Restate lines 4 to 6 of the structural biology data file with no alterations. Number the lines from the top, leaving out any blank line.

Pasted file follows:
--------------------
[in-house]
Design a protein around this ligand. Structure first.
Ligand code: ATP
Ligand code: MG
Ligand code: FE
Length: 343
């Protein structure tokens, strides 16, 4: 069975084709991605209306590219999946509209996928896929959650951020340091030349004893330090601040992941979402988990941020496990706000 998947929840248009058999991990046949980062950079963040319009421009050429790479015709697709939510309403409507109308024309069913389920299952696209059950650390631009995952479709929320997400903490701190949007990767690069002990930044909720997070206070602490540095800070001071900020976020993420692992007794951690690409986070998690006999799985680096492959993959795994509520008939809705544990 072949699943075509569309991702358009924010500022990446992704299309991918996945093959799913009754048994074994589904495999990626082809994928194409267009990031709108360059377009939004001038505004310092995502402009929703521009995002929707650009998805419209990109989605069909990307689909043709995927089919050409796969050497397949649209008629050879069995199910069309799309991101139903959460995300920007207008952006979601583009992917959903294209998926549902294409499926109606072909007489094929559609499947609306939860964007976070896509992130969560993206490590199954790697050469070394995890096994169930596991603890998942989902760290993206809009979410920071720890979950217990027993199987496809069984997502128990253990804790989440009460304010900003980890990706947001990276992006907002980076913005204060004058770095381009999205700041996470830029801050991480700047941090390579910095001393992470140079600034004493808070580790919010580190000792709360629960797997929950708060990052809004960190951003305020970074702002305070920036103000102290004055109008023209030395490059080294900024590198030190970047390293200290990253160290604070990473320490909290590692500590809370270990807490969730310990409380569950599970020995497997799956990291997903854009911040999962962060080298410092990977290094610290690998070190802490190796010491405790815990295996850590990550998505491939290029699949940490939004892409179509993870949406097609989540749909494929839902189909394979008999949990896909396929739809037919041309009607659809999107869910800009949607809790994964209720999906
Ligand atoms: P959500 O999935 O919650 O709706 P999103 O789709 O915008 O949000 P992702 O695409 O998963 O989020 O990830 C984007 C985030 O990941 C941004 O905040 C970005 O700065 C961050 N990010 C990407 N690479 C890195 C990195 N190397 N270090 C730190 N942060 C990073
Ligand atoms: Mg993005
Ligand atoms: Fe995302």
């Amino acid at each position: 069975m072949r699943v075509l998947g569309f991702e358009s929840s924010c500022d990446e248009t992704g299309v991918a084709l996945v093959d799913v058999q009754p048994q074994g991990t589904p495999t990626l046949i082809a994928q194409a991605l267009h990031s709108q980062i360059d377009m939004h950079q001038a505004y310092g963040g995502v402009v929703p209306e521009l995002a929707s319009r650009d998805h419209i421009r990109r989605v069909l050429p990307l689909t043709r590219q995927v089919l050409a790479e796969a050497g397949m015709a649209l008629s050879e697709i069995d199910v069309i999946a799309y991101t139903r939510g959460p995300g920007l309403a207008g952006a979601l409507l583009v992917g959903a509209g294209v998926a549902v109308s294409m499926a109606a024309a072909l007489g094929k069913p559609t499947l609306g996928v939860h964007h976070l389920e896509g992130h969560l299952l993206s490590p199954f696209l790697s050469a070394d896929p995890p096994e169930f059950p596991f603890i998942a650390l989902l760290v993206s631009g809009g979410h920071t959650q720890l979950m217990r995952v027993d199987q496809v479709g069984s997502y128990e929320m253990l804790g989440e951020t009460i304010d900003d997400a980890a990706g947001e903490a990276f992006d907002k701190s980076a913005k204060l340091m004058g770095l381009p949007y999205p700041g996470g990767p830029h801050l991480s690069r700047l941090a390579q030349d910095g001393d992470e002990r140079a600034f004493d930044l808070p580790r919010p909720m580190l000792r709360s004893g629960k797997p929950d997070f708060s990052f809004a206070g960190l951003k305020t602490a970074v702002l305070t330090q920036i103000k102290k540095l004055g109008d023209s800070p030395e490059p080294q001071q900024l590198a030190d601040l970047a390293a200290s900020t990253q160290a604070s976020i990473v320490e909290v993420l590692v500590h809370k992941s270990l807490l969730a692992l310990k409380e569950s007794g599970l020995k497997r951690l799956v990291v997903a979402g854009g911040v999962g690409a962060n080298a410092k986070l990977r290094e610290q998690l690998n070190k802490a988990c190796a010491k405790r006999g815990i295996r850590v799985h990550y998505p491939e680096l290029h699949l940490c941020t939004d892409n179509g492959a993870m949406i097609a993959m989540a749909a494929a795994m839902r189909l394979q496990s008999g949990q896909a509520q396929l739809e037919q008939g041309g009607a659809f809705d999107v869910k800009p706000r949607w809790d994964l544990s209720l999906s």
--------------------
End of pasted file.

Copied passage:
Ligand code: MG
Ligand code: FE
Length: 343